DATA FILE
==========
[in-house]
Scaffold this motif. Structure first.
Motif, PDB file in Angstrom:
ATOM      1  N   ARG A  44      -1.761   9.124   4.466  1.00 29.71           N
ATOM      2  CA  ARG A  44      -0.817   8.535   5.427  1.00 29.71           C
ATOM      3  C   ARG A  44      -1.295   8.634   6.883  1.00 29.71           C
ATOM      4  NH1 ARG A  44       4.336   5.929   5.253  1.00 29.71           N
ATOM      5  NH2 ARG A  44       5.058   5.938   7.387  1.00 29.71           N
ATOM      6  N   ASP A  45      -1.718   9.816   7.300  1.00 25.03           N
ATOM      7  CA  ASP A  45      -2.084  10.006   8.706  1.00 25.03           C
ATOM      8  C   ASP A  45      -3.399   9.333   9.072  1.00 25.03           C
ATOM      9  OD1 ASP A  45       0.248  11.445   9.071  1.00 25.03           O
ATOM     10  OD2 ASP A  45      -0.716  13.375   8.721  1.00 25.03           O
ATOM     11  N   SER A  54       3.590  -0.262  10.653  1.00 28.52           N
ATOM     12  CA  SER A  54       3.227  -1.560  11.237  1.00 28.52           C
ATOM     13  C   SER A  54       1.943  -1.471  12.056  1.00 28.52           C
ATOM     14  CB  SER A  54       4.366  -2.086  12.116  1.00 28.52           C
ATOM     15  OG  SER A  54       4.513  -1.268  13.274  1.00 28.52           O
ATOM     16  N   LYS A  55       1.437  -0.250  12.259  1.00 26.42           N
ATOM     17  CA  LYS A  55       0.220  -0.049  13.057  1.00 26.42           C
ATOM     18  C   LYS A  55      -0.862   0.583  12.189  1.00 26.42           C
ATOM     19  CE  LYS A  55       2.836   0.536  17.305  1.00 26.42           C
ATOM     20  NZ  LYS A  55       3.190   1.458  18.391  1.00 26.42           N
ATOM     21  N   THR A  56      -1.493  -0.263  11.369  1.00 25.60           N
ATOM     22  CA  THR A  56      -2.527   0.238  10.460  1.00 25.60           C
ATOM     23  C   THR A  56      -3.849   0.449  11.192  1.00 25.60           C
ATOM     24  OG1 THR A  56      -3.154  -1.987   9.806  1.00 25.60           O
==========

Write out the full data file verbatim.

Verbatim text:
[in-house]
Scaffold this motif. Structure first.
Motif, PDB file in Angstrom:
ATOM      1  N   ARG A  44      -1.761   9.124   4.466  1.00 29.71           N
ATOM      2  CA  ARG A  44      -0.817   8.535   5.427  1.00 29.71           C
ATOM      3  C   ARG A  44      -1.295   8.634   6.883  1.00 29.71           C
ATOM      4  NH1 ARG A  44       4.336   5.929   5.253  1.00 29.71           N
ATOM      5  NH2 ARG A  44       5.058   5.938   7.387  1.00 29.71           N
ATOM      6  N   ASP A  45      -1.718   9.816   7.300  1.00 25.03           N
ATOM      7  CA  ASP A  45      -2.084  10.006   8.706  1.00 25.03           C
ATOM      8  C   ASP A  45      -3.399   9.333   9.072  1.00 25.03           C
ATOM      9  OD1 ASP A  45       0.248  11.445   9.071  1.00 25.03           O
ATOM     10  OD2 ASP A  45      -0.716  13.375   8.721  1.00 25.03           O
ATOM     11  N   SER A  54       3.590  -0.262  10.653  1.00 28.52           N
ATOM     12  CA  SER A  54       3.227  -1.560  11.237  1.00 28.52           C
ATOM     13  C   SER A  54       1.943  -1.471  12.056  1.00 28.52           C
ATOM     14  CB  SER A  54       4.366  -2.086  12.116  1.00 28.52           C
ATOM     15  OG  SER A  54       4.513  -1.268  13.274  1.00 28.52           O
ATOM     16  N   LYS A  55       1.437  -0.250  12.259  1.00 26.42           N
ATOM     17  CA  LYS A  55       0.220  -0.049  13.057  1.00 26.42           C
ATOM     18  C   LYS A  55      -0.862   0.583  12.189  1.00 26.42           C
ATOM     19  CE  LYS A  55       2.836   0.536  17.305  1.00 26.42           C
ATOM     20  NZ  LYS A  55       3.190   1.458  18.391  1.00 26.42           N
ATOM     21  N   THR A  56      -1.493  -0.263  11.369  1.00 25.60           N
ATOM     22  CA  THR A  56      -2.527   0.238  10.460  1.00 25.60           C
ATOM     23  C   THR A  56      -3.849   0.449  11.192  1.00 25.60           C
ATOM     24  OG1 THR A  56      -3.154  -1.987   9.806  1.00 25.60           O